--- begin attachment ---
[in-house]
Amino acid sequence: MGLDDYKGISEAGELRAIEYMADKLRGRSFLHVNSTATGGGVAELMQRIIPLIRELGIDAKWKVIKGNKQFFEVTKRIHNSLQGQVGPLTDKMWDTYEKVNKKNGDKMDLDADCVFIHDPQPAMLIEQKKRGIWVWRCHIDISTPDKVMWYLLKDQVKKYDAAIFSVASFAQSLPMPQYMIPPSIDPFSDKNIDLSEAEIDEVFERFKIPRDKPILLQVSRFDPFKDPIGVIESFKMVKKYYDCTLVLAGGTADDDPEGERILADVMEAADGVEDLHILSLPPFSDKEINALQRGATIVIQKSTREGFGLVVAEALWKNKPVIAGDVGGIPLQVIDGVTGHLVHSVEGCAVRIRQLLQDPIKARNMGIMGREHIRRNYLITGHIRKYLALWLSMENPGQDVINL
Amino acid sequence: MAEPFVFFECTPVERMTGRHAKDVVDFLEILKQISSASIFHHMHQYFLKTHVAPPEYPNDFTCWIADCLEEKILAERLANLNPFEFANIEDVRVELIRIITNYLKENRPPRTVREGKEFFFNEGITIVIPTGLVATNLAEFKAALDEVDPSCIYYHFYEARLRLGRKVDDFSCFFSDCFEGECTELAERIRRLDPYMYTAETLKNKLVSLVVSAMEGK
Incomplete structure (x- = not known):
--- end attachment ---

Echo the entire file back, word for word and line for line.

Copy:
[in-house]
Amino acid sequence: MGLDDYKGISEAGELRAIEYMADKLRGRSFLHVNSTATGGGVAELMQRIIPLIRELGIDAKWKVIKGNKQFFEVTKRIHNSLQGQVGPLTDKMWDTYEKVNKKNGDKMDLDADCVFIHDPQPAMLIEQKKRGIWVWRCHIDISTPDKVMWYLLKDQVKKYDAAIFSVASFAQSLPMPQYMIPPSIDPFSDKNIDLSEAEIDEVFERFKIPRDKPILLQVSRFDPFKDPIGVIESFKMVKKYYDCTLVLAGGTADDDPEGERILADVMEAADGVEDLHILSLPPFSDKEINALQRGATIVIQKSTREGFGLVVAEALWKNKPVIAGDVGGIPLQVIDGVTGHLVHSVEGCAVRIRQLLQDPIKARNMGIMGREHIRRNYLITGHIRKYLALWLSMENPGQDVINL
Amino acid sequence: MAEPFVFFECTPVERMTGRHAKDVVDFLEILKQISSASIFHHMHQYFLKTHVAPPEYPNDFTCWIADCLEEKILAERLANLNPFEFANIEDVRVELIRIITNYLKENRPPRTVREGKEFFFNEGITIVIPTGLVATNLAEFKAALDEVDPSCIYYHFYEARLRLGRKVDDFSCFFSDCFEGECTELAERIRRLDPYMYTAETLKNKLVSLVVSAMEGK
Incomplete structure (x- = not known):